I, too, appreciated Walker’s highlight of Jesus’ leadership strategy. You referred to “the Baptist philosophy on Self-supporting, Self-governing, and Self-propagating”. I am unfamiliar with that philosophy and context. Please explain. Safe travels!

    • mm Russell Chun says:

      While attending Dallas Baptist University, I was introduced to Henry Venn…”Venn and Rufus Anderson of the American Board of Commissioners for Foreign Missions were the first to use the term “indigenous church” in the mid-nineteenth century. They wrote about the necessity for creating churches in the missions field that were self-supporting, self-governing, and self-propagating (Venn used the term “self-extending”).[6] Venn is often quoted as encouraging the “euthanasia of missions,” which meant that missionaries were to be considered temporary workers and not permanent.[7]= Shenk, Wilbert R. (1977). “Henry Venn’s legacy”. Occasional Bulletin of Missionary Research. 1 (2): 16–19. doi:10.1177/239693937700100204. S2CID 156759380.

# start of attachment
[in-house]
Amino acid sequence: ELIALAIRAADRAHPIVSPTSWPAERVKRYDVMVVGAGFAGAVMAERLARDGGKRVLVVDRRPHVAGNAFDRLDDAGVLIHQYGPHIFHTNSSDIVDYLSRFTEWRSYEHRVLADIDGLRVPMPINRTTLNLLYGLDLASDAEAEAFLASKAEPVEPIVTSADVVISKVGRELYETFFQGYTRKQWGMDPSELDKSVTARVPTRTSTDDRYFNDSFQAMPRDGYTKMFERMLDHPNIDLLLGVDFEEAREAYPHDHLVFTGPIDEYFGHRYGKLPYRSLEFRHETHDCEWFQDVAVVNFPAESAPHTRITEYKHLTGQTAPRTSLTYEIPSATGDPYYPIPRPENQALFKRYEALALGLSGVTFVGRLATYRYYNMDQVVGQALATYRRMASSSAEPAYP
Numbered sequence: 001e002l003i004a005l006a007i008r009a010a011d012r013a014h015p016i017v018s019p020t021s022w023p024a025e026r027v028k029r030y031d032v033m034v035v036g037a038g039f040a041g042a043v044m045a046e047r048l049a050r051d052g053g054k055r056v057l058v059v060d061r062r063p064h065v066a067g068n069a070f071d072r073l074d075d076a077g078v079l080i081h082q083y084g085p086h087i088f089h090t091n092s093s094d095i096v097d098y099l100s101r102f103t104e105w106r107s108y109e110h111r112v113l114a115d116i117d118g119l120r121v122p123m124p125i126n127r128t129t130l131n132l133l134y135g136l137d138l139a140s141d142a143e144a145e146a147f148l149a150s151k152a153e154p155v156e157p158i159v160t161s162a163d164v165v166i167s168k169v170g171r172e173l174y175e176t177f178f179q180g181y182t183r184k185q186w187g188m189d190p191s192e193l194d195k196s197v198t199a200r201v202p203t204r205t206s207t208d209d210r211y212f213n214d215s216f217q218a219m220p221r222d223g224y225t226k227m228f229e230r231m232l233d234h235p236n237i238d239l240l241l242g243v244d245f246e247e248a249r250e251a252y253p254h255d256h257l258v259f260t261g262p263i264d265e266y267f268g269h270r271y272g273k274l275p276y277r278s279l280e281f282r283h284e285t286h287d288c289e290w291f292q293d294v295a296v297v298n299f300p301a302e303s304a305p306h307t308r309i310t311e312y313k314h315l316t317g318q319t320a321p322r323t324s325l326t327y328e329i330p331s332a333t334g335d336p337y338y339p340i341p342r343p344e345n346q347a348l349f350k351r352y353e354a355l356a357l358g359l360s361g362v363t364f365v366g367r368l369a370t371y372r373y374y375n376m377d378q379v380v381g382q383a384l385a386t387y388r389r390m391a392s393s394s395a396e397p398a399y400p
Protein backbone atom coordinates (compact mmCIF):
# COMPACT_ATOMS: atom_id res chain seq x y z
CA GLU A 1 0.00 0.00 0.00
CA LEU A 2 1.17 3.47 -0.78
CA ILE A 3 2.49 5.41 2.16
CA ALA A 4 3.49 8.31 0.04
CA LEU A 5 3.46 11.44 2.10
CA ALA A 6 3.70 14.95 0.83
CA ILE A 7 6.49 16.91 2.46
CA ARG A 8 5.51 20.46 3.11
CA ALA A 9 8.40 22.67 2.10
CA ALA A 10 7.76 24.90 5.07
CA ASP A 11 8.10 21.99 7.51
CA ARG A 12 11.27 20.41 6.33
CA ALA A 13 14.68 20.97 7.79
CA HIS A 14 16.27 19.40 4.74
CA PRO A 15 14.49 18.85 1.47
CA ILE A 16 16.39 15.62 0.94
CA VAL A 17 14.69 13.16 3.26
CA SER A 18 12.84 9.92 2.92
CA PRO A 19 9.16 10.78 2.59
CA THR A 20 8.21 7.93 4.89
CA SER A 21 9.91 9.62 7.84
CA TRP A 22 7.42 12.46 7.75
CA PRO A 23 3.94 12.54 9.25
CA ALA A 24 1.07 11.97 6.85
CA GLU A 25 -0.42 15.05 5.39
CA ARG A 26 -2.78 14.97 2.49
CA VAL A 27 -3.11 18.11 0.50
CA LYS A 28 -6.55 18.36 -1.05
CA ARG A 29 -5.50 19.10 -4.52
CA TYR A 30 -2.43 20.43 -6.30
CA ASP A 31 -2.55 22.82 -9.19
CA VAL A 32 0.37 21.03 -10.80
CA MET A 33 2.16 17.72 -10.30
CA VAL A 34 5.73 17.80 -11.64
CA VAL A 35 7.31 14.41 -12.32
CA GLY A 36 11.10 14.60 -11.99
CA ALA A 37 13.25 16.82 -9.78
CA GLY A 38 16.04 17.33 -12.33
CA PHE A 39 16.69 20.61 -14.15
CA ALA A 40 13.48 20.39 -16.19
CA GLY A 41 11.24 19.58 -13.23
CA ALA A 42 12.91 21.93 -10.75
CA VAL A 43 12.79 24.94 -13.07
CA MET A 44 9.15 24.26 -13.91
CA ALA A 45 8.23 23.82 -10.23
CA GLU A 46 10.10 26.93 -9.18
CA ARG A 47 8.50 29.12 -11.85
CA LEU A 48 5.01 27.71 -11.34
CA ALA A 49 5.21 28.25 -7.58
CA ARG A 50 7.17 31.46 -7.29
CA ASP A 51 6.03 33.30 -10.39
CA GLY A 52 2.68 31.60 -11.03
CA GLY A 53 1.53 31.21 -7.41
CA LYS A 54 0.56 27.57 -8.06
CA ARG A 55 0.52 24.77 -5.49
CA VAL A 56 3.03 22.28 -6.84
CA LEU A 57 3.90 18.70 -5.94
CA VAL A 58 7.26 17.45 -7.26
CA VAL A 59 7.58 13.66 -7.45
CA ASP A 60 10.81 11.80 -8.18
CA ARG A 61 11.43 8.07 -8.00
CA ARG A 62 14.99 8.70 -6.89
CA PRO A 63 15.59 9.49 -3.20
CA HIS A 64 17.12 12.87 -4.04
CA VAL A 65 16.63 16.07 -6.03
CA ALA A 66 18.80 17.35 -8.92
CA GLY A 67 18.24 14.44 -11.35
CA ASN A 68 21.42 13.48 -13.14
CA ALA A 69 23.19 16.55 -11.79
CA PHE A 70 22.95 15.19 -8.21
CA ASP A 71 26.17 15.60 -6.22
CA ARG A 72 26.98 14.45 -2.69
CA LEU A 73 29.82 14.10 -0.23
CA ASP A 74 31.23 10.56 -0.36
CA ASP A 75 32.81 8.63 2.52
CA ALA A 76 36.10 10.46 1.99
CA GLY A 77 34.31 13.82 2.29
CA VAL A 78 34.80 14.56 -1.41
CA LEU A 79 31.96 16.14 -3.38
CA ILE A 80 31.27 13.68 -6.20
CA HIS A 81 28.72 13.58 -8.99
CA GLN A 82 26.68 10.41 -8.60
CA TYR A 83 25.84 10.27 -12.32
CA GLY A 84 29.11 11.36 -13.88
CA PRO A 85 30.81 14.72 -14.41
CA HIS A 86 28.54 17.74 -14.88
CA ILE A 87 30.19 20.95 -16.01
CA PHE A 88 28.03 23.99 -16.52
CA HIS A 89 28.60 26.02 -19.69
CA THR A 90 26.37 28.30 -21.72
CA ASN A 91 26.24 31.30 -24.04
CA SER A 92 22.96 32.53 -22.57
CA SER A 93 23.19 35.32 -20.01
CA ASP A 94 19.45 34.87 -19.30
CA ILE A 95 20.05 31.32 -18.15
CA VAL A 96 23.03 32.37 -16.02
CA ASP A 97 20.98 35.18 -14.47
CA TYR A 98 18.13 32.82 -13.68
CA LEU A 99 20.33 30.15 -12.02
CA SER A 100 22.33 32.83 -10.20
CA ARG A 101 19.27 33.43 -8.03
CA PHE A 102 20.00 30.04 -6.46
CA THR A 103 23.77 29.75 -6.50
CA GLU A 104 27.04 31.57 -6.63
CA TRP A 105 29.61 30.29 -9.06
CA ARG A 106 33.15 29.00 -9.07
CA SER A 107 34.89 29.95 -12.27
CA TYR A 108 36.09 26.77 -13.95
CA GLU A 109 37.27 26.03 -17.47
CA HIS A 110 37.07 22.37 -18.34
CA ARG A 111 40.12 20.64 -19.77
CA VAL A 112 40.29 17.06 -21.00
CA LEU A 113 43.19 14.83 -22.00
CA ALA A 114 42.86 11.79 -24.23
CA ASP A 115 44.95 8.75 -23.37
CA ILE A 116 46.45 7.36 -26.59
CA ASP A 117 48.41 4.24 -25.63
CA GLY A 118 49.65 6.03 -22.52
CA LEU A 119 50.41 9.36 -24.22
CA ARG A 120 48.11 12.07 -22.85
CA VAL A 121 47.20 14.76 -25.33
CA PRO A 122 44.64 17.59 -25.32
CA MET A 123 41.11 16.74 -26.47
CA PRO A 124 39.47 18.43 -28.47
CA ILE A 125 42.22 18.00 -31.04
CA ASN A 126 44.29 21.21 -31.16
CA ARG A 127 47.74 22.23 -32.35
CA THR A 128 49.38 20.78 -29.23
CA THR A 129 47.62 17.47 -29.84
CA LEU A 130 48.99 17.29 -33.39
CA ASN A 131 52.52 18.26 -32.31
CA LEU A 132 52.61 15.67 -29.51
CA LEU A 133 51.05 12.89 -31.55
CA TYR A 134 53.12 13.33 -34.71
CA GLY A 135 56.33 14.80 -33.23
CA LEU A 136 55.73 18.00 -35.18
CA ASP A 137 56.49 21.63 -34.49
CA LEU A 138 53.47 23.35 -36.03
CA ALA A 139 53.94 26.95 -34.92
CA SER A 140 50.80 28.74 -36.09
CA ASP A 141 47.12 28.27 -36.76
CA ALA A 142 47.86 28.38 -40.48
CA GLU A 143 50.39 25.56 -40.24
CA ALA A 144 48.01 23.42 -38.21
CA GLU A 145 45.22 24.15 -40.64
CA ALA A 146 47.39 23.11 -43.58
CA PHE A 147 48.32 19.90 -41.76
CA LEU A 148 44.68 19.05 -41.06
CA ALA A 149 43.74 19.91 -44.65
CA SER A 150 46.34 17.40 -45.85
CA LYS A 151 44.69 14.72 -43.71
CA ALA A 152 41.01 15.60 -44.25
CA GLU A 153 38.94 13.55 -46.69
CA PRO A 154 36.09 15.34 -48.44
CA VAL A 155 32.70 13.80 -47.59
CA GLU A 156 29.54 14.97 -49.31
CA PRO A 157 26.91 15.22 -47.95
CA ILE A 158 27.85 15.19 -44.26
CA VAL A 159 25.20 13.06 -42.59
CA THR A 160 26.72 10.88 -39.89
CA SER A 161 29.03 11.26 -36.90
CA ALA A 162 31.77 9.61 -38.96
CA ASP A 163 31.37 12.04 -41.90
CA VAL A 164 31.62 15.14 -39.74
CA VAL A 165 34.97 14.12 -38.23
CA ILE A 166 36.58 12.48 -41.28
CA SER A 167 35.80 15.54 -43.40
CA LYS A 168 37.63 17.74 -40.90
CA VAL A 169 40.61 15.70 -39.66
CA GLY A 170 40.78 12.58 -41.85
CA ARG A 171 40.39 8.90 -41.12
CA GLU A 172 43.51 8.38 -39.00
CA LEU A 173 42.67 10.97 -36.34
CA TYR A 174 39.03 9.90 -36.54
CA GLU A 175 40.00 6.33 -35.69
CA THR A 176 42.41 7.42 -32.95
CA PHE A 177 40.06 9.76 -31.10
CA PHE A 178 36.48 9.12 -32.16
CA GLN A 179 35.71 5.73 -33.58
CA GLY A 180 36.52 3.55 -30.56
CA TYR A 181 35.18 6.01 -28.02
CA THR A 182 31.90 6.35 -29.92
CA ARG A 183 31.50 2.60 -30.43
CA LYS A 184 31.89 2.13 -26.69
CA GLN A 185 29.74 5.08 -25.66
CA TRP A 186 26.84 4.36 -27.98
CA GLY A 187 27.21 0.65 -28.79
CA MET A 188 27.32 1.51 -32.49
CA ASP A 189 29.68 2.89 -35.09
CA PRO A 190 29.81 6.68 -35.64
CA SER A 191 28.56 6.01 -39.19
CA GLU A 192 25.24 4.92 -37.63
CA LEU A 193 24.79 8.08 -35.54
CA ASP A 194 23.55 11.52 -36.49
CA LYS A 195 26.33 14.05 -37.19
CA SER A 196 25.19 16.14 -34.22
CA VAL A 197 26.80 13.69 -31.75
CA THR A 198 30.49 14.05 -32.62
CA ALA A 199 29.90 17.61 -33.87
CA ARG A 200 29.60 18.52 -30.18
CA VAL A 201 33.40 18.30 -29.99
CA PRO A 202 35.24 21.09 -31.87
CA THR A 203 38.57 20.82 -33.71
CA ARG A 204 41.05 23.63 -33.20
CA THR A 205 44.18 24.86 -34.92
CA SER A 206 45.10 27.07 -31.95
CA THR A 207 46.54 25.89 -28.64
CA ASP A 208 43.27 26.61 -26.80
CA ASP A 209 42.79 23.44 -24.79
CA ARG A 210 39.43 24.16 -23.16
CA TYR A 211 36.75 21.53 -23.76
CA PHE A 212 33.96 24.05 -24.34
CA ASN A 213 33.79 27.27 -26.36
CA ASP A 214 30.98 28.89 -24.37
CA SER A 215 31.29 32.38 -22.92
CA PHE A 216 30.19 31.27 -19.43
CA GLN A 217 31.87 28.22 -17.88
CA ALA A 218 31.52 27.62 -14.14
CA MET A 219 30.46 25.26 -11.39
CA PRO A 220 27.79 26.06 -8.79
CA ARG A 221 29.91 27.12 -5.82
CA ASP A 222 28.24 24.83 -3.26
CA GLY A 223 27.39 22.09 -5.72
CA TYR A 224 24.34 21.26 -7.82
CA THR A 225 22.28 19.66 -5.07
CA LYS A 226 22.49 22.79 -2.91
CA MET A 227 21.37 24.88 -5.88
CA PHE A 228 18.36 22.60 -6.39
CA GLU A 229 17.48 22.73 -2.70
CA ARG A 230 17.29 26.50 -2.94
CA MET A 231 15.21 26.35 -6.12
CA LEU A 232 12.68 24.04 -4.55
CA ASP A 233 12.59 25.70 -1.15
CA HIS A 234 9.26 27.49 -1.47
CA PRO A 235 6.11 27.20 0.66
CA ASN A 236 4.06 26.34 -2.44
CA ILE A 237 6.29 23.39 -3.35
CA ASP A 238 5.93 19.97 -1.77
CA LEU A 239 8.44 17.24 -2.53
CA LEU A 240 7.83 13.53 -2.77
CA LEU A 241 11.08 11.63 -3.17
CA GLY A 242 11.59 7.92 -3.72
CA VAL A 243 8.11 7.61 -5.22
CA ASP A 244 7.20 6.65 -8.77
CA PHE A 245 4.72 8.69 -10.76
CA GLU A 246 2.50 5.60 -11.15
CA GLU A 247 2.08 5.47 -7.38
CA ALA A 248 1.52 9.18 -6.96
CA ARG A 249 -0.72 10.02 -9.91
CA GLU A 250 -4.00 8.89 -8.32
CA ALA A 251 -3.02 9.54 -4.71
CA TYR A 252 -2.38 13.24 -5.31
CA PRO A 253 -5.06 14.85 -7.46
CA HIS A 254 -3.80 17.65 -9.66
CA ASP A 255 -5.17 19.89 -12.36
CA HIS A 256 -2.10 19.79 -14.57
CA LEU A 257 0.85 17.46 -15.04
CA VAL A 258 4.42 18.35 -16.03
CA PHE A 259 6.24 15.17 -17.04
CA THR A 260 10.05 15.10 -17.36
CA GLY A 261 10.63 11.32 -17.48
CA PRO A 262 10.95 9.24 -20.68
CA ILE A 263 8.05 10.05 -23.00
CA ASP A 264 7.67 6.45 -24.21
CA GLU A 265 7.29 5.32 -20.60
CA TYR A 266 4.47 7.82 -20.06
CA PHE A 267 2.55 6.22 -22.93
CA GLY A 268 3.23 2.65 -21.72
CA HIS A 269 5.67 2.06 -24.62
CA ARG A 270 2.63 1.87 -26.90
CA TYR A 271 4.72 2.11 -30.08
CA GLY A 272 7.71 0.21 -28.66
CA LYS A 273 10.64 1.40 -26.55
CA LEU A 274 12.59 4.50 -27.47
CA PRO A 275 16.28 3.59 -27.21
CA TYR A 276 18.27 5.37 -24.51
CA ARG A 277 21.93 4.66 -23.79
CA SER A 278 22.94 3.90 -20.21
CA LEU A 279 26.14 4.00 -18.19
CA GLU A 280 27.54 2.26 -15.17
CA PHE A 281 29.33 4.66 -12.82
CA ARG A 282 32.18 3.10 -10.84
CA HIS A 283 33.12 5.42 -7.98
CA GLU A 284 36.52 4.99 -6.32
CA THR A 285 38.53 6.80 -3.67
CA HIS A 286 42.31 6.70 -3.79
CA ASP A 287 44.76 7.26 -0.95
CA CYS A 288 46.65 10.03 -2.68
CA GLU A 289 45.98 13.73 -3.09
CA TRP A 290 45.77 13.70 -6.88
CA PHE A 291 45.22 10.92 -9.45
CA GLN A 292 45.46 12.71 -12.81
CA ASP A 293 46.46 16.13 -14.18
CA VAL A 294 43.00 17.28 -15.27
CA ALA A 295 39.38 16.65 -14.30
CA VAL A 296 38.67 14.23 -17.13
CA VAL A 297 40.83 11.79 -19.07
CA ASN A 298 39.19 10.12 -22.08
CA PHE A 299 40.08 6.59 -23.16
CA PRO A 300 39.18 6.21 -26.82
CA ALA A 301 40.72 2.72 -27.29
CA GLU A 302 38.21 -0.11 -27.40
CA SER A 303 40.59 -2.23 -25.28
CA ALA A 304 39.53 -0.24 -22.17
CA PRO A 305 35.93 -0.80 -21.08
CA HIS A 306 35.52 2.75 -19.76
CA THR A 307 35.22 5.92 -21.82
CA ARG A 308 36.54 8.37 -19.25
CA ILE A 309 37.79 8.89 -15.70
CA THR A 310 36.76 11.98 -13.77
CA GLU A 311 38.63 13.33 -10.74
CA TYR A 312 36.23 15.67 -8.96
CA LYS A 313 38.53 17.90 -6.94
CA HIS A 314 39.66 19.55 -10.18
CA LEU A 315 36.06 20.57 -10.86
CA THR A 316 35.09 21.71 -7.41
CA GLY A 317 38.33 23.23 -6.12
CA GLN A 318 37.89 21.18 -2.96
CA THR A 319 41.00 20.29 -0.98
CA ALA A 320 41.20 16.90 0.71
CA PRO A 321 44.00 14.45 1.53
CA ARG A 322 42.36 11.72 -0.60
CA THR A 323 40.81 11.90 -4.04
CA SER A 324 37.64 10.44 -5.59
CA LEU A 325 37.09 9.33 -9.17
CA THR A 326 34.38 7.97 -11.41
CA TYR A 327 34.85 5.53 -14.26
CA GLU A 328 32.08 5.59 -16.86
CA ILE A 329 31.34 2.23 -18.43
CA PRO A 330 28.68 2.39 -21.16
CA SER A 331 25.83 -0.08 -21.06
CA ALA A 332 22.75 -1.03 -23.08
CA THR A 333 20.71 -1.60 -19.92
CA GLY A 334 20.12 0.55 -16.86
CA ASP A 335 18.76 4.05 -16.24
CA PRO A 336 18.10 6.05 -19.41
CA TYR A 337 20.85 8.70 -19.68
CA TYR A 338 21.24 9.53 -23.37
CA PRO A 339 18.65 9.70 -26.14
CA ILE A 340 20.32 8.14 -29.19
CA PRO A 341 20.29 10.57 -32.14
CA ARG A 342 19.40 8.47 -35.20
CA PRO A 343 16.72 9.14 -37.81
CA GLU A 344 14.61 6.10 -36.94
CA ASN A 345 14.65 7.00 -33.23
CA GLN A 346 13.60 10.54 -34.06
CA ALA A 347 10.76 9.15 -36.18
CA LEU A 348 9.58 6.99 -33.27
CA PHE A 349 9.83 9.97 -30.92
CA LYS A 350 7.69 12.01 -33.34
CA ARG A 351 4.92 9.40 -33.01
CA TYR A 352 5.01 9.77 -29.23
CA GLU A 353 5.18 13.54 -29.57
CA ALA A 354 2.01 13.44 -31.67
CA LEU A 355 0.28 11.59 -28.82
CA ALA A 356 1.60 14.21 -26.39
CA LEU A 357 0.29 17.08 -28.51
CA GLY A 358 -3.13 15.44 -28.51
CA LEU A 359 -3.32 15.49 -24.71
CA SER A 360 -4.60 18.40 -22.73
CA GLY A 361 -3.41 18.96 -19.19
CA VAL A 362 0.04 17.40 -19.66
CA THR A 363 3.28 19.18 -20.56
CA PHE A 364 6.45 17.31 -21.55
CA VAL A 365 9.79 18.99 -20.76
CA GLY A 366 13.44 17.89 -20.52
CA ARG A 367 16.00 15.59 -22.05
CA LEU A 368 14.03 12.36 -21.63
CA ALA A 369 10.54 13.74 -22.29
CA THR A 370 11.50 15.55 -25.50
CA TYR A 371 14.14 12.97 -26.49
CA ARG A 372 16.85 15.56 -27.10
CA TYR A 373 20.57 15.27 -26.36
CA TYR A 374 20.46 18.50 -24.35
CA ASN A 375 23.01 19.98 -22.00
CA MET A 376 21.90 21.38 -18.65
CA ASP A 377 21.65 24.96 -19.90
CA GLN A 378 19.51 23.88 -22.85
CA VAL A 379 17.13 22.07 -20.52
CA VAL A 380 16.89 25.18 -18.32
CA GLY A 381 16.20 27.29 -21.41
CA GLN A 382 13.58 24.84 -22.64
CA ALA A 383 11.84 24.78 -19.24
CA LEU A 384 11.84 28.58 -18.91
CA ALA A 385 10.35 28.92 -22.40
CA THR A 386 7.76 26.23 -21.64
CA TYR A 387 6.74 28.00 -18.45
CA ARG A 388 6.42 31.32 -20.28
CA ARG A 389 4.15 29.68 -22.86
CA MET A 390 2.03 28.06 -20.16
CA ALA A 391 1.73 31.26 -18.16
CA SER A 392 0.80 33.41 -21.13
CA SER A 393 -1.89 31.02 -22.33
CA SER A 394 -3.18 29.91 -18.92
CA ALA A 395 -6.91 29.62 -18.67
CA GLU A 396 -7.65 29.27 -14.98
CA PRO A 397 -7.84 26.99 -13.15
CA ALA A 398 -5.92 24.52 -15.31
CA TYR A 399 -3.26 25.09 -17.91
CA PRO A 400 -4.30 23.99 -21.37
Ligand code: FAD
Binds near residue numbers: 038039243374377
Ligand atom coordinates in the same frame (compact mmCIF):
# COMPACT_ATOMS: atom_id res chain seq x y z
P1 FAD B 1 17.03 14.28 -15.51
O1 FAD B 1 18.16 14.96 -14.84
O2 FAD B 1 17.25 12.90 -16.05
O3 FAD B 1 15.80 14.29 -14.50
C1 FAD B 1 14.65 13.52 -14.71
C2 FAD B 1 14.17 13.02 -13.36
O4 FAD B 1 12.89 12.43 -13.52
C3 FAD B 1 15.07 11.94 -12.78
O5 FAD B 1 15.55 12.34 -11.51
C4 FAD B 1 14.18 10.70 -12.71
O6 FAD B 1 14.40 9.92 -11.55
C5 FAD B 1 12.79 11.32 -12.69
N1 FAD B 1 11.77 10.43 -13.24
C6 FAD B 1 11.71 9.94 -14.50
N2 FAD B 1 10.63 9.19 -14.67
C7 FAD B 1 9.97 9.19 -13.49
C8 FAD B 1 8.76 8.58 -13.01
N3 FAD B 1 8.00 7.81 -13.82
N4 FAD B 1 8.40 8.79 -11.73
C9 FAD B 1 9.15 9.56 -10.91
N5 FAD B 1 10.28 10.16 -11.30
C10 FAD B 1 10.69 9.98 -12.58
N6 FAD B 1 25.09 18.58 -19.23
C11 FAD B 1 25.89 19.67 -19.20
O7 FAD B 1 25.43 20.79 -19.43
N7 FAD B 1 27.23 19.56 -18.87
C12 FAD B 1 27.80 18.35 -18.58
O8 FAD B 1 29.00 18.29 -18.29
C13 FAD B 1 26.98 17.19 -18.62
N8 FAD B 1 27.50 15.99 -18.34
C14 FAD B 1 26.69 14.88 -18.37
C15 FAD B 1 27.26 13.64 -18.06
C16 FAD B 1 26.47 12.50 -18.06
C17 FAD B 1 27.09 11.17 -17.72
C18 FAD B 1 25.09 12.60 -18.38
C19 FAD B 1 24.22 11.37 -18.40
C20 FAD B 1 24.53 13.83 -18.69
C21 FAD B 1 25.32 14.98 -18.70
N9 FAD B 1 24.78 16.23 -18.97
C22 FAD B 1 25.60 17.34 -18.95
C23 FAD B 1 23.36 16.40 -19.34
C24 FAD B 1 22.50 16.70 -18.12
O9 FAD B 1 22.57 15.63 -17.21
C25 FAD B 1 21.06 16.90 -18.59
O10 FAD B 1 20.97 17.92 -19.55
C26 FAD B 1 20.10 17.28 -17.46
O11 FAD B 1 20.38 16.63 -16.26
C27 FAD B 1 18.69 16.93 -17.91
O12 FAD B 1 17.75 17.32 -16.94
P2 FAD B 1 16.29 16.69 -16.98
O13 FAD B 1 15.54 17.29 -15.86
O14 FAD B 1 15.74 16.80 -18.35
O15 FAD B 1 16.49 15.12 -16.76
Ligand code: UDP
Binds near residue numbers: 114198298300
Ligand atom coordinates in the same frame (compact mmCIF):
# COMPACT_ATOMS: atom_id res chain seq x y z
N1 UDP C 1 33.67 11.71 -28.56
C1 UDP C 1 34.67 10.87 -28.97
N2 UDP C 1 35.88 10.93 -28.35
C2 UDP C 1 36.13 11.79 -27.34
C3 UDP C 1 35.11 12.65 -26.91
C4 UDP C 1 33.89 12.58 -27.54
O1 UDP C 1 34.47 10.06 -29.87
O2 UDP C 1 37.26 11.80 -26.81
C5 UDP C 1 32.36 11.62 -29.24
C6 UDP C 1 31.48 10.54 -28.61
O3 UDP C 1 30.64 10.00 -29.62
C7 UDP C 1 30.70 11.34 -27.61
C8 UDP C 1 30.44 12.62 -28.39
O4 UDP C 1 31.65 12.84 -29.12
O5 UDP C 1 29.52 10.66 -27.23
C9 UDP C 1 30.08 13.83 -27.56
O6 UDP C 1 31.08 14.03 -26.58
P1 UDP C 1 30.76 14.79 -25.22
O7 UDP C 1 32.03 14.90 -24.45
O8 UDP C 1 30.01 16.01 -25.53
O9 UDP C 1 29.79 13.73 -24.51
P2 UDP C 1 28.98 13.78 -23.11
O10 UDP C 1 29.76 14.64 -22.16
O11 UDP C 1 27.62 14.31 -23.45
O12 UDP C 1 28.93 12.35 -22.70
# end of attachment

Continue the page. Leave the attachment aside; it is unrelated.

This forces the missionary to take a long term view of his role in God’s Tapestry. We are but one thread that contributes to His story of missions (for me in Hungary and now Ukraine).

  4. Adam Harris says:

    R- Remain Relational (belonging)
    A – Act like yourself (identity)
    R- Return to Joy (being glad to be together)
    E- Endure hardships well (using hard times to bring us closer)
    These elements resonate with Walker’s talk about hospitality.

    Never heard of this book, but I love the Acronym. Especially the part where it encourages us to be ourselves. One of my friends who runs a local non-profit was insecure about being a leader because she did not feel like her personality was “professional” enough. She is happy go lucky, bubbly, and playful. This part of herself has drawn people to the organization because she mixes dedication, hard work, and passion with FUN!

    • mm Russell Chun says:

      Thanks Adam,

      “Act like your self” is broadened in the book Rare Leadership. The authors poked me in the eye, when they suggested that my reactions should be those of ” the BEST person God has made me to be.”

      Ouch. This summer was plagued with unforgiveness and anger. Definitely not meeting the criteria for being the BEST that HE made me to be.

      But we live and learn. Now I am turning the other cheek, forgiving and rebuilding bridges. Sigh…never to old to be schooled by HIM.

      Shalom